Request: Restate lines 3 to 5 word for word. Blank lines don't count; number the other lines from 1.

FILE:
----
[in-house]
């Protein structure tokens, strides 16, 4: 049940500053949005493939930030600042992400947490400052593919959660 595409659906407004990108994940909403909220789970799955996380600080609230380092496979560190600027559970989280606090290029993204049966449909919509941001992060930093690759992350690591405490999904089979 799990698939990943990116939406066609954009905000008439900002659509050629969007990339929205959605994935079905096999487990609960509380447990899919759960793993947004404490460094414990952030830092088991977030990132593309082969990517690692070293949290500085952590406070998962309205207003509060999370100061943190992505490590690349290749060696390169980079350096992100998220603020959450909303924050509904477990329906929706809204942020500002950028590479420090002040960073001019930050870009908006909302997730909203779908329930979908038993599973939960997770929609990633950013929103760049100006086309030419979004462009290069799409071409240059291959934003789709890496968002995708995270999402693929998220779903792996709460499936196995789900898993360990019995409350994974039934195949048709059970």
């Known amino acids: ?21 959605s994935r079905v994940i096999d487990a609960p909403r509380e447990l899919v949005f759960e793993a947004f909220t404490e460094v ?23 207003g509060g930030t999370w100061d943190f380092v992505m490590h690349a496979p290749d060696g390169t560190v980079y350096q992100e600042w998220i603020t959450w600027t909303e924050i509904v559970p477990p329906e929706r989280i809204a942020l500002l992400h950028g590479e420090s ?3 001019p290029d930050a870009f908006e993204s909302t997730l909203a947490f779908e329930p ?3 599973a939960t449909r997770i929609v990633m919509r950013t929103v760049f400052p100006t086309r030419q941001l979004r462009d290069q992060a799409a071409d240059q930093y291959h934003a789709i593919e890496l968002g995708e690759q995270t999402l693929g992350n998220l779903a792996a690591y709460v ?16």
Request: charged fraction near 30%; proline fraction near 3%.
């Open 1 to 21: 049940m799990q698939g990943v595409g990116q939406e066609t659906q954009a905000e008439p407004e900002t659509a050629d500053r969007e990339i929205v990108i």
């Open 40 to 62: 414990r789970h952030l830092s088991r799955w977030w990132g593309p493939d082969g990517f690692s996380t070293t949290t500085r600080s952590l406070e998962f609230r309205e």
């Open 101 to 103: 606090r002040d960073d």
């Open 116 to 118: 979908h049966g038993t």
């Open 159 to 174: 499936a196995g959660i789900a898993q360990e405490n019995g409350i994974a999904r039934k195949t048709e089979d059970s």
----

């Known amino acids: ?21 959605s994935r079905v994940i096999d487990a609960p909403r509380e447990l899919v949005f759960e793993a947004f909220t404490e460094v ?23 207003g509060g930030t999370w100061d943190f380092v992505m490590h690349a496979p290749d060696g390169t560190v980079y350096q992100e600042w998220i603020t959450w600027t909303e924050i509904v559970p477990p329906e929706r989280i809204a942020l500002l992400h950028g590479e420090s ?3 001019p290029d930050a870009f908006e993204s909302t997730l909203a947490f779908e329930p ?3 599973a939960t449909r997770i929609v990633m919509r950013t929103v760049f400052p100006t086309r030419q941001l979004r462009d290069q992060a799409a071409d240059q930093y291959h934003a789709i593919e890496l968002g995708e690759q995270t999402l693929g992350n998220l779903a792996a690591y709460v ?16």
Request: charged fraction near 30%; proline fraction near 3%.
């Open 1 to 21: 049940m799990q698939g990943v595409g990116q939406e066609t659906q954009a905000e008439p407004e900002t659509a050629d500053r969007e990339i929205v990108i």